The Wizards acquired Andre Miller today, and our first thought was to get a Nuggets expert to shed some light on the team's new acquisition. Luckily, we have such a person in our network: Nate Timmons, site manager of SB Nation's Nuggets blog Denver Stiffs.
So without further ado, here are our questions:
Bullets Forever: The circumstances surrounding Miller's falling out with head coach Brian Shaw weren't ideal to say the least. Now that he is in D.C. and will presumably play consistent minutes for the Wizards, from your observations, what is the best way to ensure that he remains content and on good terms with the coaching staff?
Nate Timmons: I don't think Andre Miller will be a problem in Washington. He'll know his role and will be happy to be back on the court and with limited games remaining. There likely won't be enough time for him to get upset about anything. He can be a bit prickly when he's not getting consistent minutes, especially when his team is losing.
BF: Historically, we have seen that Miller has been a consistent ball handler and passer throughout his career. The Wizards this season do not have a particularly deep rotation and the offense has often sputtered when John Wall was taking a rest on the bench. How much could Miller help the Wizards' second unit as they head toward the Playoffs?
NT: Miller knows how to run an offense in the half-court. He's a great walk-it-up-the-floor guy and can mix in fast-break alley-oops that are a thing of beauty. He can take over on offense at time, and look for his own shot, whether it be in the post, attacking the rim, or hitting baseline jumpers. He makes guys around him better, but he also has a bad habit of going into "me mode" and ignoring teammates to get a shot he wants. He was a pretty big ball dominator in Denver and often took the ball up the floor when he was paired with Ty Lawson, thus rendering Lawson useless, and the Nuggets offense would go into a slowdown mode.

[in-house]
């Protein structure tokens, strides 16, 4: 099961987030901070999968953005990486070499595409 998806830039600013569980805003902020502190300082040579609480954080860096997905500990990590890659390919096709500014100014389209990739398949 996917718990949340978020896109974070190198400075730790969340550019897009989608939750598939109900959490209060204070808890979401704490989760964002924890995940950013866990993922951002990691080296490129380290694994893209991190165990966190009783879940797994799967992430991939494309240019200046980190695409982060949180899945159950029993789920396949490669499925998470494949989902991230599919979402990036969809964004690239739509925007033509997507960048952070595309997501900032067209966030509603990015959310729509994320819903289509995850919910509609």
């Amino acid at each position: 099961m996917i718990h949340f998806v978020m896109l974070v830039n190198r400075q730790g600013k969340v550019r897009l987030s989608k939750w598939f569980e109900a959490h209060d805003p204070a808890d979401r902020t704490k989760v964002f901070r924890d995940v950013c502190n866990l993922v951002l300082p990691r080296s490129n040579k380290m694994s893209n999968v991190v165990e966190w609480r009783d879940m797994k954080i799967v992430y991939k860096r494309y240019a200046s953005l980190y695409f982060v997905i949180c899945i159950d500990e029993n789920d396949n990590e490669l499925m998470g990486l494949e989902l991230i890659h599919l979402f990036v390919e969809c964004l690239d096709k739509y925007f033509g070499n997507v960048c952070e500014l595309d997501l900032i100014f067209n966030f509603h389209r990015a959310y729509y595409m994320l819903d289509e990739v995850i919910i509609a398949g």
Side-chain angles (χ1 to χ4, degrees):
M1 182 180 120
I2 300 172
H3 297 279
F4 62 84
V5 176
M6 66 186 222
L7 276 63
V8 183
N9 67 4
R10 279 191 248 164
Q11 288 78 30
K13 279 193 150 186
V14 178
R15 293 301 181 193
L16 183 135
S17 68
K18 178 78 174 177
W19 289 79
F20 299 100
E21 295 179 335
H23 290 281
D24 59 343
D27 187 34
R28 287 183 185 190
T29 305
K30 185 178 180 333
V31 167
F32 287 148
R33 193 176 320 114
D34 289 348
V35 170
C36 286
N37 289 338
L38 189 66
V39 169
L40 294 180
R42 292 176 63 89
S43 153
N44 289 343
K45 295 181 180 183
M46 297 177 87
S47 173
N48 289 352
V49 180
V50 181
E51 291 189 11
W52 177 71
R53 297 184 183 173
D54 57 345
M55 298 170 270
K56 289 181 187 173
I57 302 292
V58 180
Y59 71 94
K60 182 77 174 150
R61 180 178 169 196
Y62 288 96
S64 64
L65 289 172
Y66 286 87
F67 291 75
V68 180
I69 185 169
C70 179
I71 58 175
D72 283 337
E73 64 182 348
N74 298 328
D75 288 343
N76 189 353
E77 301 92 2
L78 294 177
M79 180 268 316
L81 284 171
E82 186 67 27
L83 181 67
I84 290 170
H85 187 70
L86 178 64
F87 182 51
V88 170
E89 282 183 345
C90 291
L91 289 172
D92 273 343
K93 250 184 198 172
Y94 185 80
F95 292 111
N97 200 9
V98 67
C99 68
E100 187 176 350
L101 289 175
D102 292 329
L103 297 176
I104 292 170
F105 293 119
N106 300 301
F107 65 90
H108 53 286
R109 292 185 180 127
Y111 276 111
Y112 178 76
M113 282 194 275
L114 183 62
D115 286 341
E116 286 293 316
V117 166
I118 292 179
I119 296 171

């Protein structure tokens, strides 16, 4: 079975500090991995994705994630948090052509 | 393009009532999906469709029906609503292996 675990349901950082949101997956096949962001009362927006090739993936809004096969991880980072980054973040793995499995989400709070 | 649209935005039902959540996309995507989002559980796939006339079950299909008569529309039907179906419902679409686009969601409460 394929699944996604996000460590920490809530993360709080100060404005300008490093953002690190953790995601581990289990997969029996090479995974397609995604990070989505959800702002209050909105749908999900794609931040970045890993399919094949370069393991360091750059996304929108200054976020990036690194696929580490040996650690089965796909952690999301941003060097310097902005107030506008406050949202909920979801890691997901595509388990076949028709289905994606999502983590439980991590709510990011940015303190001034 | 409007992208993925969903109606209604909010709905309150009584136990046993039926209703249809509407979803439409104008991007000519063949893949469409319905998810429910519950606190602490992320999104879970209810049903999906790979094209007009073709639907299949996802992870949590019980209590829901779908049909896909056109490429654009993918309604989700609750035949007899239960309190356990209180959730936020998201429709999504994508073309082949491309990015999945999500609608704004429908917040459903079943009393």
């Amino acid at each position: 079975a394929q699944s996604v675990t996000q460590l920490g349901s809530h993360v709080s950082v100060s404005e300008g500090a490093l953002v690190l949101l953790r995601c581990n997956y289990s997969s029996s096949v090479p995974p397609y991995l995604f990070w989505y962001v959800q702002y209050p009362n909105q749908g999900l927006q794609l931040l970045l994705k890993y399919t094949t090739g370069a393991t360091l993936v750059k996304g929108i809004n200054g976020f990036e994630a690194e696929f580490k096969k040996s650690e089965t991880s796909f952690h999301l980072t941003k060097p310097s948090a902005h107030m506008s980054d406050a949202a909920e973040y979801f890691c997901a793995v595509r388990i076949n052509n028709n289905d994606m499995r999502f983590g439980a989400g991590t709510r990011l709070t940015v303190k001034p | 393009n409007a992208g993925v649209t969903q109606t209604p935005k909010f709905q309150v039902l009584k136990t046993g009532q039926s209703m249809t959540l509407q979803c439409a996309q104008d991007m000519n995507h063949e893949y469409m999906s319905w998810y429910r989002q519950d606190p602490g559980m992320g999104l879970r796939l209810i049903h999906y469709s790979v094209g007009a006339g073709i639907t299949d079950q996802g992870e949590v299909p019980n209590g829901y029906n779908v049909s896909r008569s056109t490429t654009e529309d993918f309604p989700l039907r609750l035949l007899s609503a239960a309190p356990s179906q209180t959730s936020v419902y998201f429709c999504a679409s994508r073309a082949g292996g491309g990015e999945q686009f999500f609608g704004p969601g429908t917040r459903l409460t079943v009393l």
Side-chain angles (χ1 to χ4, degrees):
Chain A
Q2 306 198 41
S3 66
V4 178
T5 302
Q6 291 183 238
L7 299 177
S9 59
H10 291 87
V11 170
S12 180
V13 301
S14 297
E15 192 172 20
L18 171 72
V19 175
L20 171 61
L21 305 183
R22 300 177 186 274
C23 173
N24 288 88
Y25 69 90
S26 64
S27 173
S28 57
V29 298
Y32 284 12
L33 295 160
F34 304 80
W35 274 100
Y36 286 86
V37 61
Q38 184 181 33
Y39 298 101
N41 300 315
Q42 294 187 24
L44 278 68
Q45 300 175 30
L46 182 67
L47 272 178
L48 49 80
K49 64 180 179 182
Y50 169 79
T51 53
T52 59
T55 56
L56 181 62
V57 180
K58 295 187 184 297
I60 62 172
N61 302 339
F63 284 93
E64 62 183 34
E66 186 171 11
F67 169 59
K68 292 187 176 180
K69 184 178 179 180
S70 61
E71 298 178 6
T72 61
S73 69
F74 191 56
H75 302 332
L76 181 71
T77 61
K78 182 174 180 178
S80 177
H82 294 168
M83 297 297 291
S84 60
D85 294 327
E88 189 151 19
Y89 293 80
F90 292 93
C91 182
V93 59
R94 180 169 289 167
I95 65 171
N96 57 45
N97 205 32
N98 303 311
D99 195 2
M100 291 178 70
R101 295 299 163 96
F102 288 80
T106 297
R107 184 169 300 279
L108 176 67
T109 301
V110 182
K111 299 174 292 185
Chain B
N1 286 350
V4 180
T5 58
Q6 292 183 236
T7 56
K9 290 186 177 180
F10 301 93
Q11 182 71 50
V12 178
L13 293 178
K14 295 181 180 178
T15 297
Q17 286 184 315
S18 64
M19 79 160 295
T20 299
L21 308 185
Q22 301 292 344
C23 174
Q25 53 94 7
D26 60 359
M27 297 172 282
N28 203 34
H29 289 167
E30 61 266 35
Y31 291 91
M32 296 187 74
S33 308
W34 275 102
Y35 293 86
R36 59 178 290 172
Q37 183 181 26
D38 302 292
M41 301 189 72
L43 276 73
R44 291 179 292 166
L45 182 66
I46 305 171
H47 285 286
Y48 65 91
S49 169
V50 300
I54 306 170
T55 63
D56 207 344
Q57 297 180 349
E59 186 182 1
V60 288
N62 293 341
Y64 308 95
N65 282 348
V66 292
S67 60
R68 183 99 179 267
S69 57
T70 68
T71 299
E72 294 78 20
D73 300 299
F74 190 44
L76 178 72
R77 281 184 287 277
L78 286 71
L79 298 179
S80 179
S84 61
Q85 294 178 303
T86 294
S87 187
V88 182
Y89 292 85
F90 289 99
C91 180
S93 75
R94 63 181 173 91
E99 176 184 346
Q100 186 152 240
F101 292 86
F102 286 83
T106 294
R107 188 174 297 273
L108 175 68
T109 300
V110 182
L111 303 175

Sometimes Miller's shot selection can be super frustrating, and defensively the Wizards will be faced with a lot of 4 on 5 when he's on the floor.
BF: Since Miller is now 37 years old, he will not have the speed to catch up with most of the NBA's younger guards while on defense. The Wizards in their last two seasons have made a point to improve on that end and are now ninth in the NBA in defensive rating. Given this, could his positives on offense still override the concerns regarding him on defense?
NT: That's an excellent question and one we wrestled with a lot last season. Miller is no longer a good man-on-man defender. He lost his guy basically every time down the floor when his man would cut through the lane, he won't chase guys and that can cause a defense to go into scramble mode, aka not good mode. He played a ton of minutes under George Karl at the end of games and seemed to wear down at the season progressed. Under Shaw, Miller's minutes were cut way down, but he was also playing out of position (shooting guard and even small forward) as the team was dealing with injuries. He did seem a bit more effective in a reduced role, but he also didn't look to have the speed anymore to really be an effective player on the defensive end. His defense is going to be an issue, unless all this time off has him even more well rested than he was and even more motivated.
BF: Many members of the BF community have been advocating that former Nuggets Head Coach George Karl become the new head coach of the Washington Wizards at some point in the future. SB Nation's Sonics Rising also had a piece that advocated such a move. Since you have experienced seeing Karl for a number of years, would the Washington Wizards make a good fit for him?
NT: With Andre Miller aboard and Karl aboard, y'all would want to pull your hair out after the first couple weeks. Karl would literally play Miller from the middle of the third quarter to the end of the game without rest last season. Karl also used to coach Neńe and I believed maxed out his talent well.
It would be sweet to see how Karl would use John Wall's speed and he'd want to go up tempo in D.C. with his patented high-risk/high-reward defense. If you think the Wizards players would be a good fit for up-tempo play on both ends of the floor, then Karl is your guy. He also loves to play small-ball and if you don't have skilled big men, he will look to replace them with guys that can fit the way he wants to play. We saw Wilson Chandler (6'8") start at center in the post-season against Andrew Bogut over JaVale McGee (I know, I know), Kosta Koufos, and Timofey Mozgov.
BF: Is there anything else you would like to tell us about Andre Miller?
NT: I'm waiting to see if anyone will ask Miller about his time in Denver and if he'll actually answer those questions. He was very candid during his time with the Nuggets and isn't afraid to speak his mind. The younger players in Denver told me that they would go to 'Dre for advice because he has seen it all and offers no=nonsense advice. Also, at the end of games ... be on the lookout for him making his way to the locker room early (he'll drift away from the bench). He'lloften be one of the first guys out of the locker room. He's all business.
Once again, thanks to Nate and Denver Stiffs for helping us with this Q&A.